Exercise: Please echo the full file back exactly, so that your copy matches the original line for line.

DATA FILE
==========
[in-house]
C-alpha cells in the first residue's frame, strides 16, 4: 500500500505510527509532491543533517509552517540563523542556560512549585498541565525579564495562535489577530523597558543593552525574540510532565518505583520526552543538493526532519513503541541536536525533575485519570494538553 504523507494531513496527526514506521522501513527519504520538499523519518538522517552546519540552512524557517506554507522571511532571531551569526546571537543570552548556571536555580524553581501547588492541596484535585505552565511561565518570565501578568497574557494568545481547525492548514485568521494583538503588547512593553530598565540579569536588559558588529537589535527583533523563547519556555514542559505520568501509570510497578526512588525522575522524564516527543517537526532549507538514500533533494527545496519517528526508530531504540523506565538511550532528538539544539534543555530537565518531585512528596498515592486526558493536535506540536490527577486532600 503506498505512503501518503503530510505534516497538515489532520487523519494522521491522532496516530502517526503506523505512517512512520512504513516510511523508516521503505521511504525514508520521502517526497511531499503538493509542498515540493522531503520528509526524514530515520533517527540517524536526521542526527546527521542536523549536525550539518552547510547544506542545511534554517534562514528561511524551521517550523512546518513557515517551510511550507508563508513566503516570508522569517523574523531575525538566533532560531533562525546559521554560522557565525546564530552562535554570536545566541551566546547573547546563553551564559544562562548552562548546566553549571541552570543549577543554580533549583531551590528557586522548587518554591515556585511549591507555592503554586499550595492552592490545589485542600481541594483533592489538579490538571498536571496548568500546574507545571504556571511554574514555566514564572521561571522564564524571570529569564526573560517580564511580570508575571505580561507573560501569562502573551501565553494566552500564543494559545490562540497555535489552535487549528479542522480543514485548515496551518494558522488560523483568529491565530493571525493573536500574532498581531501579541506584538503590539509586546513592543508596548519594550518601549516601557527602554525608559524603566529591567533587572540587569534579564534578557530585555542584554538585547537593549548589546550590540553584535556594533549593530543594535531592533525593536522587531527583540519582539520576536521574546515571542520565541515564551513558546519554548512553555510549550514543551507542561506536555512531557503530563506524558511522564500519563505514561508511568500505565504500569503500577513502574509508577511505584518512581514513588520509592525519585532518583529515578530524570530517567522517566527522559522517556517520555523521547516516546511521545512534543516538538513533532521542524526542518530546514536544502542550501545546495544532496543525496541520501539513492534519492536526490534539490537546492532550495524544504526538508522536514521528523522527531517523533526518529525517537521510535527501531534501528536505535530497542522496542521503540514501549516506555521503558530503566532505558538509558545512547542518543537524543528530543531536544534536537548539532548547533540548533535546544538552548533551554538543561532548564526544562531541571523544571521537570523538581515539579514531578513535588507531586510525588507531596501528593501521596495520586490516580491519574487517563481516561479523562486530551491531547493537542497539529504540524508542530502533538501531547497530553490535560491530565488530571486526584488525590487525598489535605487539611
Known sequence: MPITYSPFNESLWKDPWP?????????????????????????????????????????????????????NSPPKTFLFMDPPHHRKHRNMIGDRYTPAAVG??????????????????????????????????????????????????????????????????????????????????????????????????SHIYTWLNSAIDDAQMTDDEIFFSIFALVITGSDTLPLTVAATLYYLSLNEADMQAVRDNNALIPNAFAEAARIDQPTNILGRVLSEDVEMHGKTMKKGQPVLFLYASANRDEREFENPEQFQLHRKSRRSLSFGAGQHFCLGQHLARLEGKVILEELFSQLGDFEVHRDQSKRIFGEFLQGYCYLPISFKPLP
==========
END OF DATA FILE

[in-house]
C-alpha cells in the first residue's frame, strides 16, 4: 500500500505510527509532491543533517509552517540563523542556560512549585498541565525579564495562535489577530523597558543593552525574540510532565518505583520526552543538493526532519513503541541536536525533575485519570494538553 504523507494531513496527526514506521522501513527519504520538499523519518538522517552546519540552512524557517506554507522571511532571531551569526546571537543570552548556571536555580524553581501547588492541596484535585505552565511561565518570565501578568497574557494568545481547525492548514485568521494583538503588547512593553530598565540579569536588559558588529537589535527583533523563547519556555514542559505520568501509570510497578526512588525522575522524564516527543517537526532549507538514500533533494527545496519517528526508530531504540523506565538511550532528538539544539534543555530537565518531585512528596498515592486526558493536535506540536490527577486532600 503506498505512503501518503503530510505534516497538515489532520487523519494522521491522532496516530502517526503506523505512517512512520512504513516510511523508516521503505521511504525514508520521502517526497511531499503538493509542498515540493522531503520528509526524514530515520533517527540517524536526521542526527546527521542536523549536525550539518552547510547544506542545511534554517534562514528561511524551521517550523512546518513557515517551510511550507508563508513566503516570508522569517523574523531575525538566533532560531533562525546559521554560522557565525546564530552562535554570536545566541551566546547573547546563553551564559544562562548552562548546566553549571541552570543549577543554580533549583531551590528557586522548587518554591515556585511549591507555592503554586499550595492552592490545589485542600481541594483533592489538579490538571498536571496548568500546574507545571504556571511554574514555566514564572521561571522564564524571570529569564526573560517580564511580570508575571505580561507573560501569562502573551501565553494566552500564543494559545490562540497555535489552535487549528479542522480543514485548515496551518494558522488560523483568529491565530493571525493573536500574532498581531501579541506584538503590539509586546513592543508596548519594550518601549516601557527602554525608559524603566529591567533587572540587569534579564534578557530585555542584554538585547537593549548589546550590540553584535556594533549593530543594535531592533525593536522587531527583540519582539520576536521574546515571542520565541515564551513558546519554548512553555510549550514543551507542561506536555512531557503530563506524558511522564500519563505514561508511568500505565504500569503500577513502574509508577511505584518512581514513588520509592525519585532518583529515578530524570530517567522517566527522559522517556517520555523521547516516546511521545512534543516538538513533532521542524526542518530546514536544502542550501545546495544532496543525496541520501539513492534519492536526490534539490537546492532550495524544504526538508522536514521528523522527531517523533526518529525517537521510535527501531534501528536505535530497542522496542521503540514501549516506555521503558530503566532505558538509558545512547542518543537524543528530543531536544534536537548539532548547533540548533535546544538552548533551554538543561532548564526544562531541571523544571521537570523538581515539579514531578513535588507531586510525588507531596501528593501521596495520586490516580491519574487517563481516561479523562486530551491531547493537542497539529504540524508542530502533538501531547497530553490535560491530565488530571486526584488525590487525598489535605487539611
Known sequence: MPITYSPFNESLWKDPWP?????????????????????????????????????????????????????NSPPKTFLFMDPPHHRKHRNMIGDRYTPAAVG??????????????????????????????????????????????????????????????????????????????????????????????????SHIYTWLNSAIDDAQMTDDEIFFSIFALVITGSDTLPLTVAATLYYLSLNEADMQAVRDNNALIPNAFAEAARIDQPTNILGRVLSEDVEMHGKTMKKGQPVLFLYASANRDEREFENPEQFQLHRKSRRSLSFGAGQHFCLGQHLARLEGKVILEELFSQLGDFEVHRDQSKRIFGEFLQGYCYLPISFKPLP